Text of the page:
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Plast Reconstr Surg. 2017 Apr;139(4):933e-940e. doi: 10.1097/PRS.0000000000003206.

Enhanced Calvarial Bone Healing in CD11c-TLR4-/- and MyD88-/- Mice.

Author information

1
Shanghai, People's Republic of China; Pittsburgh, Pa.; and Baltimore, Md. From the Department of Stomatology, Tenth People's Hospital of Tongji University; the Departments of Plastic Surgery, Surgery, Oral Biology, and Bioengineering, University of Pittsburgh; and the Department of Surgery, The Johns Hopkins University.

Abstract

BACKGROUND:

Inflammation is integral to the injury response. The inflammatory response is essential to the host defense against infection and also to tissue regeneration and repair. Toll-like receptors (TLRs) are critical activators of the innate immune response and present attractive therapeutic targets for inflammation-modulated tissue regeneration. The authors' previous study showed that depletion of TLR4 resulted in accelerated skull bone healing concurrent with increased expression of osteoclastogenic genes. As such, in the present study, the authors used various knockout mouse models for TLR4 and its associated signaling mediators as tools to further understand the role of Toll-like receptor-mediated inflammation in calvarial bone healing.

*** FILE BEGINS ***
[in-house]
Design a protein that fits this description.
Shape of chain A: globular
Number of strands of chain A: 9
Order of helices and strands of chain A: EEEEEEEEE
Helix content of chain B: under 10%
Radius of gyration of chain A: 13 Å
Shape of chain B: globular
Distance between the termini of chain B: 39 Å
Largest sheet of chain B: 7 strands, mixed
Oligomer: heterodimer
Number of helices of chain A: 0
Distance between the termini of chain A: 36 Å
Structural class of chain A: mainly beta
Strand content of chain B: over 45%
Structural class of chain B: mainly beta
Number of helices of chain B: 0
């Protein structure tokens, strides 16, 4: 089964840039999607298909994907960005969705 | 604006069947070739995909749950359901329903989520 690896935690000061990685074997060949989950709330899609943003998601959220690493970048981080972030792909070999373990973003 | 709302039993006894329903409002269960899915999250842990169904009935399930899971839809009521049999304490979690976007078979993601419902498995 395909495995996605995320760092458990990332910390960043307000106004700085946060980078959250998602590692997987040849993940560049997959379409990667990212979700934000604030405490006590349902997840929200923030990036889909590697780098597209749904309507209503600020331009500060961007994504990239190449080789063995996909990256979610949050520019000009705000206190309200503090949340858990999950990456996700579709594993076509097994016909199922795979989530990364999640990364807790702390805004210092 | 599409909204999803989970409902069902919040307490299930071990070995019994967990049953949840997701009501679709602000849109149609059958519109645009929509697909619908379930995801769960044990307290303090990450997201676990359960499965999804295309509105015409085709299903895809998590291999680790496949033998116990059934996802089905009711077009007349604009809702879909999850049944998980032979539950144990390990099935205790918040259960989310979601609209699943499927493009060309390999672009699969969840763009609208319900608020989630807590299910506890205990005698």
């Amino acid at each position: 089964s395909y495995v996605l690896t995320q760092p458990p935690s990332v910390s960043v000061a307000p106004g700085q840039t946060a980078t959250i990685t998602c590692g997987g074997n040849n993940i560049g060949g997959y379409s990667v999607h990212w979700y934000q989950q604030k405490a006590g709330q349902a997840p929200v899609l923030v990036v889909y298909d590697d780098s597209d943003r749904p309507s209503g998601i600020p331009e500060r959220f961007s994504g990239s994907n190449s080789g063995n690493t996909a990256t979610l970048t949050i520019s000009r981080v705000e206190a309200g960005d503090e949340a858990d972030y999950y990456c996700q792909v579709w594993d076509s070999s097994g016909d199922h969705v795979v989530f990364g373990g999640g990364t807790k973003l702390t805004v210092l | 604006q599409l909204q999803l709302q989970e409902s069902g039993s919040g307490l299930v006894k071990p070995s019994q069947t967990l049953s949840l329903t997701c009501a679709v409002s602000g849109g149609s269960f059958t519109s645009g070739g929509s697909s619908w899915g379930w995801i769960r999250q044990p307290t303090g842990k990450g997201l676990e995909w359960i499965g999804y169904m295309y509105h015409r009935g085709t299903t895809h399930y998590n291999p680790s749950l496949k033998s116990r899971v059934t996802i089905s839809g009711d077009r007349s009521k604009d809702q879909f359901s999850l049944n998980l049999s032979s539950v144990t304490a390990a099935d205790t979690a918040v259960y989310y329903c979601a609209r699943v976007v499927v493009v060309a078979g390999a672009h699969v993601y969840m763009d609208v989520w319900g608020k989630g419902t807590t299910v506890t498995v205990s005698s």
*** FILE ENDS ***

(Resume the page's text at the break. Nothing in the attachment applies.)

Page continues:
METHODS:

Calvarial defects (1.8-mm diameter) were created in wild-type, TLR4 knockout (TLR4), TLR2, MyD88, TRIF, TLR4 knockout in myeloid cell (Lyz-TLR4), and TLR4 knockout in dendritic-lineage cell (CD11c-TLR4) mice. Bone healing was examined using micro-computed tomographic, histologic, and histomorphometric analyses.

RESULTS:

Micro-computed tomographic and histomorphometric analyses revealed that TLR4-deficient mice (TLR4, Lyz-TLR4, and CD11c-TLR4) exhibited a faster intramembraneous healing response at postoperative day 7, whereas MyD88 and CD11c-TLR4 mice showed enhanced bone healing at day 28.

CONCLUSIONS:

The authors' data suggest a detrimental role for TLR4 in CD11c cells, mediated by Myd88 signaling, during calvarial bone healing. The authors have demonstrated that Toll-like receptor signaling components affect calvarial bone healing, establishing a link between the skeletal and immune systems during craniofacial bone healing. Toll-like receptor signaling components might be used to initiate enhanced healing in bone defects to improve clinical outcomes.

PMID:
28350671
PMCID:
PMC5404756
DOI:
10.1097/PRS.0000000000003206
[Indexed for MEDLINE]
Free PMC Article

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